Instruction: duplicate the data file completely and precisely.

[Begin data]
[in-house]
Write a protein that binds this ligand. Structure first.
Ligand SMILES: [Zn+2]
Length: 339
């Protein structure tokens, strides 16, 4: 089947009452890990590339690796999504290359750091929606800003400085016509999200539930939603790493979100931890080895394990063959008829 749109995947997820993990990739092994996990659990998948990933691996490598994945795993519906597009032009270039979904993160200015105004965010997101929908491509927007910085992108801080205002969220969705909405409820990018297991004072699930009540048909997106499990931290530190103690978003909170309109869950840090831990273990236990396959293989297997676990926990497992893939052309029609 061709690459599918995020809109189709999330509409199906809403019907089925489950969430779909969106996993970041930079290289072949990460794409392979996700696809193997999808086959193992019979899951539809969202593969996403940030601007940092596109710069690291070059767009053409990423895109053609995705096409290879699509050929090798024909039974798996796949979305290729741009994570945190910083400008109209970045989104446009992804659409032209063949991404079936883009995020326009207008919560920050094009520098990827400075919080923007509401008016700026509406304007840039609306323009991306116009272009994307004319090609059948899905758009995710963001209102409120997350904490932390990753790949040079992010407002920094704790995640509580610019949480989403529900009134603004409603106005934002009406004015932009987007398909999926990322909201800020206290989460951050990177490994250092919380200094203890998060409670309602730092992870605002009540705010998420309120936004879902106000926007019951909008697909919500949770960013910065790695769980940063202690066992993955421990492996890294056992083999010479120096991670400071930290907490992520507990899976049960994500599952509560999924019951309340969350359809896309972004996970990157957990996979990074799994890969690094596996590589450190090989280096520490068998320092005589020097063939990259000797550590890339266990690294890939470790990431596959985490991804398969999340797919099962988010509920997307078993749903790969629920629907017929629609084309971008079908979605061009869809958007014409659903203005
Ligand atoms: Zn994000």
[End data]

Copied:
[in-house]
Write a protein that binds this ligand. Structure first.
Ligand SMILES: [Zn+2]
Length: 339
């Protein structure tokens, strides 16, 4: 089947009452890990590339690796999504290359750091929606800003400085016509999200539930939603790493979100931890080895394990063959008829 749109995947997820993990990739092994996990659990998948990933691996490598994945795993519906597009032009270039979904993160200015105004965010997101929908491509927007910085992108801080205002969220969705909405409820990018297991004072699930009540048909997106499990931290530190103690978003909170309109869950840090831990273990236990396959293989297997676990926990497992893939052309029609 061709690459599918995020809109189709999330509409199906809403019907089925489950969430779909969106996993970041930079290289072949990460794409392979996700696809193997999808086959193992019979899951539809969202593969996403940030601007940092596109710069690291070059767009053409990423895109053609995705096409290879699509050929090798024909039974798996796949979305290729741009994570945190910083400008109209970045989104446009992804659409032209063949991404079936883009995020326009207008919560920050094009520098990827400075919080923007509401008016700026509406304007840039609306323009991306116009272009994307004319090609059948899905758009995710963001209102409120997350904490932390990753790949040079992010407002920094704790995640509580610019949480989403529900009134603004409603106005934002009406004015932009987007398909999926990322909201800020206290989460951050990177490994250092919380200094203890998060409670309602730092992870605002009540705010998420309120936004879902106000926007019951909008697909919500949770960013910065790695769980940063202690066992993955421990492996890294056992083999010479120096991670400071930290907490992520507990899976049960994500599952509560999924019951309340969350359809896309972004996970990157957990996979990074799994890969690094596996590589450190090989280096520490068998320092005589020097063939990259000797550590890339266990690294890939470790990431596959985490991804398969999340797919099962988010509920997307078993749903790969629920629907017929629609084309971008079908979605061009869809958007014409659903203005
Ligand atoms: Zn994000």